Other magazines are hitting the stands with their annual swimsuit issue, so we thought we’d offer our own take on it with these bathing costumes dating back to 1910.
The model for this cover illustration was likely Edna Hutt, Henry’s wife and his favorite model, whom he considered the most beautiful woman in the world. Unfortunately, their union was an unhappy one, with accusations of abuse on both sides, including “use of ‘strong liquors,’ intimacy with other women, and cruelty.”
Artist J.C. Leyendecker was well known for his illustrations of strapping, strong-jawed men, starting with the Arrow Collar Man and continuing throughout his long relationship with The Saturday Evening Post, where he illustrated more covers than any other artist, including Norman Rockwell. The model for this illustration appears to be Leyendecker’s partner, Charles Beach.
John LaGatta’s illustrations depicting beautiful, sultry women were considered to be some of the most desirable artworks of the 1920s, ’30s, and ’40s. His style was a favorite of advertisers, including Campbell’s, Ivory Soap, Kellogg’s, Johnson and Johnson, and—not surprisingly—Laros Lingerie and Spaulding Swimwear.
This is one of six covers that Alex Ross painted for The Saturday Evening Post. All of his covers featured beautiful women, but this beach scene is the only one that doesn’t focus on a single person. Anyone who has spent time at the beach knows that a successfully completed game of cards is highly unlikely (unless the cards are made of lead).
De Mers illustrated this short story by Steve McNeil, which posed the question, “He’d quit his job to escape the pressure and confusion of city life. Should he go back now, to please a girl?” From the look on his face, you already know what the answer is.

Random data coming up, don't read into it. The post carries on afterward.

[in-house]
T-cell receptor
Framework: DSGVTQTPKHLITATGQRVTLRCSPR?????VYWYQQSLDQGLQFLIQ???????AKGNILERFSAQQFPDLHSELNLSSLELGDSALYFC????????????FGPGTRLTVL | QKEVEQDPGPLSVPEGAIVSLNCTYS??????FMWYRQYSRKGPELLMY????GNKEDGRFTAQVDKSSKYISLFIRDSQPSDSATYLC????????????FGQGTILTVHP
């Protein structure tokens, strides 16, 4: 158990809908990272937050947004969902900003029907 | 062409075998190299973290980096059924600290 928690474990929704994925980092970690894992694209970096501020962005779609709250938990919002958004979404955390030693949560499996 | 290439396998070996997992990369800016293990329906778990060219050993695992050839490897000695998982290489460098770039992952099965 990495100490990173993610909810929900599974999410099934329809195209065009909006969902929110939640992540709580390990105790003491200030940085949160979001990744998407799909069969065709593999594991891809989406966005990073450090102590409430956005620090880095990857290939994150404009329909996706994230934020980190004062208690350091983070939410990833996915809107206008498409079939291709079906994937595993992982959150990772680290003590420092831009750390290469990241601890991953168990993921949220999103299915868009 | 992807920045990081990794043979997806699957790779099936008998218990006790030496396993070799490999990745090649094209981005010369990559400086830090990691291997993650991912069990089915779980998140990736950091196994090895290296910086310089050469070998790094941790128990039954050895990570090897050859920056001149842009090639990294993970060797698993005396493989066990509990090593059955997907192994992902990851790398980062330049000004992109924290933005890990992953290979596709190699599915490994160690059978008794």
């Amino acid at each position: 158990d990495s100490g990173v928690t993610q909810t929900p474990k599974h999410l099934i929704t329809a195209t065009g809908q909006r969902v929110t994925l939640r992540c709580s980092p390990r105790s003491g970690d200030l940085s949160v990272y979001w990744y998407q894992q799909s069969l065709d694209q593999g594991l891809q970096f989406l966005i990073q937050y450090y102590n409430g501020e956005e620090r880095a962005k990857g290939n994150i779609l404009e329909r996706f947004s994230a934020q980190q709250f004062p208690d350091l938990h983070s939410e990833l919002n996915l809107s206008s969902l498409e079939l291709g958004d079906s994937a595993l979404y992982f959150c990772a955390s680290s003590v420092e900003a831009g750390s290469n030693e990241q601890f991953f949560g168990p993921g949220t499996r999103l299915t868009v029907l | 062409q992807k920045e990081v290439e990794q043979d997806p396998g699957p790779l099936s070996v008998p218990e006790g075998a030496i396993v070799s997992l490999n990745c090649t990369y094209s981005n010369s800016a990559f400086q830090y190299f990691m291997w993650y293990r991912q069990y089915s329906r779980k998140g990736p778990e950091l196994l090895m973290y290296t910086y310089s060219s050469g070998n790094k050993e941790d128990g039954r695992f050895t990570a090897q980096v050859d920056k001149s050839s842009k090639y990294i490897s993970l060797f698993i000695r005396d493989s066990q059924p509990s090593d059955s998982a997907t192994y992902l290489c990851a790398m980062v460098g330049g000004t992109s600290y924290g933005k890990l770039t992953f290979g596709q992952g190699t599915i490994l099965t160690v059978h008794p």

Snyder illustrated this short story by M.G. Chute called “The Trouble with Love,” where we learn than “No man liked a sloppy, forgetful date who came without a bathing cap or didn’t have enough bobby pins along.”
“Jimmy braced himself for the shock. She was wearing a chartreuse-and-black swimming suit. She was sleek and gently tanned and showed more curves than Warren Spahn. She put on her bathing cap and looked at Jimmy enigmatically.…Clinically, he had to admit that Jill Foley, in a bathing suit, was as tasty as ice-cold watermelon.”
Wolfgang Amadeus Mozart, whose likeness is sitting on our young virtuoso’s volume of finger exercises, was playing minuets on the family harpsichord at age four— but could he have done so if he had been obliged to play with flippers on both feet and a swimming pool staring him in the face? We wonder. The model used by artist George Hughes is the same youngster who appeared on our January 9, 1960, cover. His mother was standing over him on that occasion, letting him know that he had stalled long enough and that he was not to go outside until he had written a Christmas thank-you note to Uncle Vic.
Most of us have seen swimmers of this ilk before. He was the kid around the corner who spent his vacation periods counting the days until he could return to school. He was the character in your platoon who used to volunteer for guard duty. Dick Sargent’s likeness is a realistic one. See that gap between the upper front teeth? Comes from gnawing on tree trunks. You can spot an eager beaver every time.
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